This, the last week of the Omer, is the week of Malchut (translated as sovereignty or nobility).
Tonight after sundown will be the last (49th) night of my counting the Omer. Tomorrow night we will have arrived at Shavuot, the 50th day. This is the holiday toward which we have been counting since Passover. I love the holiday of Shavuot, surely the most unappreciated and un-observed of the major Jewish holidays.
What do I love? I love the imagery of it being the wedding between God and us. Immersed as I am in Torah and Torah study, I love the idea that Torah is understood to be the marriage document (the ketubah) that God gave us — studying Torah is considered a form of prayer, a way to communicate with God, a way to hold God close as a partner.
The tradition of staying up the night of Shavuot to study is a highlight of my Jewish year. I have been commemorating this tikkun leil Shavuot for the past several years in the Berkshires, where a small group of folks from Congregation Beth Israel in North Adams, Congregation Beth El in Bennington, VT, and from the Williams College community join together for a night of song and study. I will be teaching on the theme of particularism and universalism and our expanding universe of obligation (inspired by my AJWS fellowship studies). Chaim will be teaching on economic justice issues.
Last year I was feeling bereft at Shavuot for the end of my daily Omer count, a practice that had been my one and only daily spiritual practice for the past several years. This year I am pleased to have not only intensified that practice by keeping this (albeit occasional) Omer blog, but also to have started a daily prayer, chant and meditation practice (compelled by my high blood pressure) that will fill me all the year through.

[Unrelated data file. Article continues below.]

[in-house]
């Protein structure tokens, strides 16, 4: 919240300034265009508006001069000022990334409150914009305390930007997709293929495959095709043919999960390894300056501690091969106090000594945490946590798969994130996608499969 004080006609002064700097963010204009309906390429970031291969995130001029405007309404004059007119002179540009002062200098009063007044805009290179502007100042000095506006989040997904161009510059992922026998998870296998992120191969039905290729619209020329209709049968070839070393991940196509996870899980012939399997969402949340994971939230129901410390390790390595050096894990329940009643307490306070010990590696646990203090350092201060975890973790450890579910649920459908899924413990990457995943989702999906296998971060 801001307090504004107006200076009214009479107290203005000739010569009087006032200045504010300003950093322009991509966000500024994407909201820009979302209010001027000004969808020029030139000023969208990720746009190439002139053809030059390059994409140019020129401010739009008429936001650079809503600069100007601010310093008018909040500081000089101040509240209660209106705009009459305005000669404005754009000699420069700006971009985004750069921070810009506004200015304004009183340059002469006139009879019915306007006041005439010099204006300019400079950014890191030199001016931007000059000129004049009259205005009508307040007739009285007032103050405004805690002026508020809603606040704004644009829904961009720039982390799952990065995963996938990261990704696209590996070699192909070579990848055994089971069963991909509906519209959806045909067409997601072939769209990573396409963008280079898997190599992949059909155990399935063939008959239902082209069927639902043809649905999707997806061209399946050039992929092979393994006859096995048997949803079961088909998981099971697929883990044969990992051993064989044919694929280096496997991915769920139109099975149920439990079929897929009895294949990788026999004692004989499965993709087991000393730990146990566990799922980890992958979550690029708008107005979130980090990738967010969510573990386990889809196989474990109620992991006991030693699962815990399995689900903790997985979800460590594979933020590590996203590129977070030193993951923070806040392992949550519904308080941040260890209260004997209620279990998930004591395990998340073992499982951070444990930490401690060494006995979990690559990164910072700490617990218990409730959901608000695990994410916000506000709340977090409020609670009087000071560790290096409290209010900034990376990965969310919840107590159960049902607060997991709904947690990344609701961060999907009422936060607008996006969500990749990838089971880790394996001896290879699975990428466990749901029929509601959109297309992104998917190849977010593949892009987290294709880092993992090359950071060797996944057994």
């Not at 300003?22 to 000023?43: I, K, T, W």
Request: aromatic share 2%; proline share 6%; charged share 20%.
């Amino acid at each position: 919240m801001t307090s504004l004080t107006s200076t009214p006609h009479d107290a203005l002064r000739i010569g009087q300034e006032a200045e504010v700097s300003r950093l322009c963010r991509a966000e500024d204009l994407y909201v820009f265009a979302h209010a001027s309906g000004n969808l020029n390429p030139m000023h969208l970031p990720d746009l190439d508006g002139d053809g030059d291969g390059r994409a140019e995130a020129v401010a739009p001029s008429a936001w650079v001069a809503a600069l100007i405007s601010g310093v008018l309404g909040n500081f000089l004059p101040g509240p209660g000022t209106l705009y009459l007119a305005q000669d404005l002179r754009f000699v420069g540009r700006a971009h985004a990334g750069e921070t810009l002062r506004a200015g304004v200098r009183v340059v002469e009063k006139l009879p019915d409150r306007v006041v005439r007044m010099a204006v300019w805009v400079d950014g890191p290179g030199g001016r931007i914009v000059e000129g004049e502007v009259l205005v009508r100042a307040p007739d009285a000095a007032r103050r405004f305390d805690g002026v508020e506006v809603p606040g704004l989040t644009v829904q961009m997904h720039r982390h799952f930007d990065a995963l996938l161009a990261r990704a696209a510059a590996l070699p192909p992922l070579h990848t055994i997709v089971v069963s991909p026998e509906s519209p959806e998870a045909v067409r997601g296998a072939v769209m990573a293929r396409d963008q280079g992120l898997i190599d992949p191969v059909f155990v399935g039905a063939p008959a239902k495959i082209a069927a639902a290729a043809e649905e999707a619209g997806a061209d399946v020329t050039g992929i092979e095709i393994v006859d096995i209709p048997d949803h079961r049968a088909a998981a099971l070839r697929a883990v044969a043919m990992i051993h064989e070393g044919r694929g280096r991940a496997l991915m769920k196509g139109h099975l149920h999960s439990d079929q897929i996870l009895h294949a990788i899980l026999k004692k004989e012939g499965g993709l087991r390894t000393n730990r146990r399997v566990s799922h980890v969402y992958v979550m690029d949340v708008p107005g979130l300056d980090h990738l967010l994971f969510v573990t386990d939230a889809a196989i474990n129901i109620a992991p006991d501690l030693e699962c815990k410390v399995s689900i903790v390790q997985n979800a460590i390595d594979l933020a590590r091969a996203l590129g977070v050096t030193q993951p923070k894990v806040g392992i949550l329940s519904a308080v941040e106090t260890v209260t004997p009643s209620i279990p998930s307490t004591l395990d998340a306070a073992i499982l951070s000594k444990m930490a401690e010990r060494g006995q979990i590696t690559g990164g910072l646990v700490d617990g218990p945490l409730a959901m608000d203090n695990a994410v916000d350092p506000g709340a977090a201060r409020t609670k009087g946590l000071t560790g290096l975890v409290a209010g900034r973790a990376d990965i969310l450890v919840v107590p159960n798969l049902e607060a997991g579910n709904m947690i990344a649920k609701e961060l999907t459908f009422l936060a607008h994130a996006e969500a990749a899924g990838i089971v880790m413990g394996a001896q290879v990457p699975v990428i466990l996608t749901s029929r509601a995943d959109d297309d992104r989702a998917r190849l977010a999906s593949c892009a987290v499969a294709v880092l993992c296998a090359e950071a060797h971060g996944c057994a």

For many years, the two missing pieces in my life were longings for such a daily spiritual practice, as well as for a true call to social justice, not a mere dabbling. Both have been answered in this Omer period. The commitment to a morning prayer practice is a dream fulfilled, and my week in DC with AJWS finally gave me the confidence and skills I needed to do the advocacy work I have longed to do in the social justice realm.
As R. Simon Jacobson says of this week of Malchut,
“Malchut manifests and actualizes the character and majesty of the human spirit. It is the very fiber of what makes us human. Malchut is a sense of belonging. Knowing that you matter and that you make a difference. That you have the ability to be a proficient leader in your own right. It gives you independence and confidence. A feeling of certainty and authority.”
For me, this is truly a statement of where I am. As this Omer period comes to a close, I feel a great deal of gratitude for these gifts, and I say AMEN!